Quote: “We like to think that it’s a vestige of the past. It’s not. It is as unrelenting as weeds that continue to sprout in the cracks of society.” Andrew Cuomo, New York’s attorney general, speaking of organized crime.
Figure of Speech: catachresis (cat-a-KREE-sis), the metaphor gone wild. From the Greek, meaning “bad use.”
Andrew Cuomo is smart, ambitious, and owns great genes (his dad, Mario, was one of the great political speakers of his generation). Plus he says neat-sounding stuff about the mob. Note that he uses “We like to think” rather than “Some morons think,” as many of his fellow New Yorkers might put it.
But then he gets to the weeds sprouting in the cracks of society. Where Figaro comes from, weeds sprout through the cracks of sidewalks, or in the back garden of the pothead down the road. Not society.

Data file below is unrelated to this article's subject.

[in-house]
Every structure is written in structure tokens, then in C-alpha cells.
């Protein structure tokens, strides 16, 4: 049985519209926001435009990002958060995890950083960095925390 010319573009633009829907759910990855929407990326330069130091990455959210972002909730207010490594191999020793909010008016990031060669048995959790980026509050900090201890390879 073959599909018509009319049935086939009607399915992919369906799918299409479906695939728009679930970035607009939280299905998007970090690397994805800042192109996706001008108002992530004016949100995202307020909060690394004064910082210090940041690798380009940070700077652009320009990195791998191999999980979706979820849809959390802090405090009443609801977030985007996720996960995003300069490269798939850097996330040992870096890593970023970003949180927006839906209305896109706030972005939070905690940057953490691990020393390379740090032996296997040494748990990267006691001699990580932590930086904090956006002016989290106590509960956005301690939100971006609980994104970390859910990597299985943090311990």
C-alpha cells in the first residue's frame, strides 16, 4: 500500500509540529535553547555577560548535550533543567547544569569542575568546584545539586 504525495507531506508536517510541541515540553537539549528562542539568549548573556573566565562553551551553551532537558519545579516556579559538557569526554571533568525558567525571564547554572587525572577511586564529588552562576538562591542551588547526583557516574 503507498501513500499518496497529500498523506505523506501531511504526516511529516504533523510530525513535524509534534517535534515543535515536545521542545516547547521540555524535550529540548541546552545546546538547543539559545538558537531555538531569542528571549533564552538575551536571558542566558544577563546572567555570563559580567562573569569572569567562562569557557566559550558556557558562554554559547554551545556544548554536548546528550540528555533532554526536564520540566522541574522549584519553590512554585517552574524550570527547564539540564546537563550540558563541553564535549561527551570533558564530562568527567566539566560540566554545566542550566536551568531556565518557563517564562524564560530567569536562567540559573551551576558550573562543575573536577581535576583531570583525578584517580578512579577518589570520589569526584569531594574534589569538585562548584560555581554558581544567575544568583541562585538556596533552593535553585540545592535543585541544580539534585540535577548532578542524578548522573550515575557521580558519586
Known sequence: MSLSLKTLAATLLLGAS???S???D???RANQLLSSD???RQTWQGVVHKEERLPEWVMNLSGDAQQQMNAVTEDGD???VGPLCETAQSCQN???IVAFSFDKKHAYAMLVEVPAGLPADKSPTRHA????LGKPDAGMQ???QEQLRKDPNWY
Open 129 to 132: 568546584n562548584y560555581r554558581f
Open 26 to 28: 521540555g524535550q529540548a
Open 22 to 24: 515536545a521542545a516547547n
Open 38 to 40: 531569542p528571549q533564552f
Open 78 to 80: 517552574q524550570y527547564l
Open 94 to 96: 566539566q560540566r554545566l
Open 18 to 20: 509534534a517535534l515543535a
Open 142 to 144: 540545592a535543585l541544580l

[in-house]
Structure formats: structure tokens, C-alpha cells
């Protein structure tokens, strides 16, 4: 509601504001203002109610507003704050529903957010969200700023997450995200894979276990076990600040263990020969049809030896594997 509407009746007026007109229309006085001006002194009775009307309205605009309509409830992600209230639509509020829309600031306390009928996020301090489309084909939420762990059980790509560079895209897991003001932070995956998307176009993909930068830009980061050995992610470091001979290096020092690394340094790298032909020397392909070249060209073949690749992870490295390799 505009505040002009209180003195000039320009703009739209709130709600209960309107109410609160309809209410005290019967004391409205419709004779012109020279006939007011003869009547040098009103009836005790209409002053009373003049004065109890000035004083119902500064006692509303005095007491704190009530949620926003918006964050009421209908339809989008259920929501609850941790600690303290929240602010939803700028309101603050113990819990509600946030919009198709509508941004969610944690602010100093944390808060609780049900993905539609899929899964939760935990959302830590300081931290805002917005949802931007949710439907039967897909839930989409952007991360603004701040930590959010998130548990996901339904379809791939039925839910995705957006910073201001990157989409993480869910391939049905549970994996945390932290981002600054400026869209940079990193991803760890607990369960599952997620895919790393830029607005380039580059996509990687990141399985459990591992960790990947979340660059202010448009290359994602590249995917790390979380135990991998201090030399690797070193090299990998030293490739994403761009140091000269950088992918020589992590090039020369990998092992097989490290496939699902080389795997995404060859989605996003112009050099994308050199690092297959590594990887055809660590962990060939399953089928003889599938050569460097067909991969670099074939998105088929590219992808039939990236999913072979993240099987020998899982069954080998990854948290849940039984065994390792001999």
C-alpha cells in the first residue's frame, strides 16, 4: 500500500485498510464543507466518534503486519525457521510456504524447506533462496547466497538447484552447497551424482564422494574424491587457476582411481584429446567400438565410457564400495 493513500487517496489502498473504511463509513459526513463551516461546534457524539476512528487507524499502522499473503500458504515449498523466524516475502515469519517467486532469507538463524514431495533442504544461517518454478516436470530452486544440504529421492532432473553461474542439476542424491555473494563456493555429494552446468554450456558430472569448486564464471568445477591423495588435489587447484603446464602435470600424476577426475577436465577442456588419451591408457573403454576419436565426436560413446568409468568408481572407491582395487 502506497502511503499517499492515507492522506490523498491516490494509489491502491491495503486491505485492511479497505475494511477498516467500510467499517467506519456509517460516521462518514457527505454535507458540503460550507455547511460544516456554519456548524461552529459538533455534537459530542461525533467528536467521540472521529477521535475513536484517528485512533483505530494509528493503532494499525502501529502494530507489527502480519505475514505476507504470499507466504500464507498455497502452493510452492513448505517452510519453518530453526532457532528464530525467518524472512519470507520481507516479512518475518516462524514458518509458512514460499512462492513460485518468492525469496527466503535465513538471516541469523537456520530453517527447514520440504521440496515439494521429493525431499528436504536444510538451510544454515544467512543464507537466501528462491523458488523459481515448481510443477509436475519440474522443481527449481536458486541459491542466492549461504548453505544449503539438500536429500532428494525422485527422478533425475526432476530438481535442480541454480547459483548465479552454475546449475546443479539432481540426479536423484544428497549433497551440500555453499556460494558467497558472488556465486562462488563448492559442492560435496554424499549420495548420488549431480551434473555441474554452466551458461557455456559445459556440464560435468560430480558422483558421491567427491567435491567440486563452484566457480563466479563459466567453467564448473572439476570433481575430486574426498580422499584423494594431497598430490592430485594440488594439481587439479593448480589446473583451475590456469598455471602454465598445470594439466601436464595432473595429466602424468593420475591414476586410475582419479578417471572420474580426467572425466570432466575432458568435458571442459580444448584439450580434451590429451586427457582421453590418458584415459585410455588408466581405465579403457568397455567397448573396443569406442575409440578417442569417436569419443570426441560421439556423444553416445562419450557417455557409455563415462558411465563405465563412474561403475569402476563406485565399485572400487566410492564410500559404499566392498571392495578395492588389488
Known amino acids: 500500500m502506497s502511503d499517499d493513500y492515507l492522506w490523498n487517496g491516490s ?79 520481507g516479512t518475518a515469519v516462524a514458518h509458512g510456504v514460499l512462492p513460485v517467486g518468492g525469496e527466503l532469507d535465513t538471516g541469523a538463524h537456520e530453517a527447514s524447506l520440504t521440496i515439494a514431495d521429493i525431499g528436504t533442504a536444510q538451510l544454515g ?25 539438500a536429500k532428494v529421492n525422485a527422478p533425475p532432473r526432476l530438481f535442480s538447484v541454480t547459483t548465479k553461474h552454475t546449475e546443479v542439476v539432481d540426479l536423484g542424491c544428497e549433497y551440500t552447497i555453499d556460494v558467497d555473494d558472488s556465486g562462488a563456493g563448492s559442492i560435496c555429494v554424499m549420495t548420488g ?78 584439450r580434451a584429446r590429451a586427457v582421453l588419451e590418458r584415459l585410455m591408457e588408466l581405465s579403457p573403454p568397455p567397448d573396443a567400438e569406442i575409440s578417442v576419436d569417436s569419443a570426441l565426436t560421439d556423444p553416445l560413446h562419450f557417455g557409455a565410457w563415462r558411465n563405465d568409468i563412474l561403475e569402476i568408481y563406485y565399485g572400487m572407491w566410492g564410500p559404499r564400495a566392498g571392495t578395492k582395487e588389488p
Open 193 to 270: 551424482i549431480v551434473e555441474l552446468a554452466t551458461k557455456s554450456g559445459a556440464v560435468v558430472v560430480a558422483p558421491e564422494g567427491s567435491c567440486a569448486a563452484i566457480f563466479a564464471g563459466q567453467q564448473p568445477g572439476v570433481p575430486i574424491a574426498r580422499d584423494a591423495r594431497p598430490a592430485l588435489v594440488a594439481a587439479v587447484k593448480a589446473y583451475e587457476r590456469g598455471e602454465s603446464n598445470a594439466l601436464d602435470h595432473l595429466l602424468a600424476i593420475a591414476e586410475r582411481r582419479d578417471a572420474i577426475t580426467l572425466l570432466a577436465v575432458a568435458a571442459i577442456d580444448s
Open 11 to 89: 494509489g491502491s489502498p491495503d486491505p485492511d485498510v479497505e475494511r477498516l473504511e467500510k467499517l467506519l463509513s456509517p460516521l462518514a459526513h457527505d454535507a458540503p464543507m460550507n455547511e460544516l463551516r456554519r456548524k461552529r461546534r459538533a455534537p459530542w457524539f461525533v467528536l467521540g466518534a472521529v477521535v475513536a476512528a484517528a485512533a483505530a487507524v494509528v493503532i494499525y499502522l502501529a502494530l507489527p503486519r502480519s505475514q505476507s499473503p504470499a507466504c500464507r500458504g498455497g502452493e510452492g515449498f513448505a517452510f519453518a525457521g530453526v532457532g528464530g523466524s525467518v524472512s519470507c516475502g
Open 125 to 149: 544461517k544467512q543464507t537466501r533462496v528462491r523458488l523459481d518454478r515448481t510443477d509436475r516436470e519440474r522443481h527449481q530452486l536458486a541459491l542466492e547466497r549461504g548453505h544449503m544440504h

Cuomo commits a mistake that Figaro sees all the time in publishing: forgetting halfway through a metaphor or simile that one is being metaphorical. If he had said, “It is as unrelenting as weeds; it continues to sprout in the cracks of society,” then the Mob would serve its proper weedy role in the figure. But he didn’t, so chalk one figurative demerit for Cuomo.
To quote Michael Corleone, “Where the hell does it end?”
Snappy Answer: “And what are you, herbicide?”